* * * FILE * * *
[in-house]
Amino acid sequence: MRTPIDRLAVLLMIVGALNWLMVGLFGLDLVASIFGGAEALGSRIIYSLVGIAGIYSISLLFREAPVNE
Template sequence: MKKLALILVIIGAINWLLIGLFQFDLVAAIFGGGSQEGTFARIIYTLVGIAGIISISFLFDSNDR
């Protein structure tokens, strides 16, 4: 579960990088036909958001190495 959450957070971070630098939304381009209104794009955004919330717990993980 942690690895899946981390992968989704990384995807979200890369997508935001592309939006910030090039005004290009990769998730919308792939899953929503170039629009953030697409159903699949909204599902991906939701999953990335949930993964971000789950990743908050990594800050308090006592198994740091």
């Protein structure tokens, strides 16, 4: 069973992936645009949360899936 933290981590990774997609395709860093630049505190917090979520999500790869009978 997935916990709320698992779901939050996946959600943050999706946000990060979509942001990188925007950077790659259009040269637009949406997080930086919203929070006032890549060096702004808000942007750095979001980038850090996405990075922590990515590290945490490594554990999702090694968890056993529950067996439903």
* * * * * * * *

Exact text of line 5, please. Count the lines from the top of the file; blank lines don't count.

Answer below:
């Protein structure tokens, strides 16, 4: 069973992936645009949360899936 933290981590990774997609395709860093630049505190917090979520999500790869009978 997935916990709320698992779901939050996946959600943050999706946000990060979509942001990188925007950077790659259009040269637009949406997080930086919203929070006032890549060096702004808000942007750095979001980038850090996405990075922590990515590290945490490594554990999702090694968890056993529950067996439903």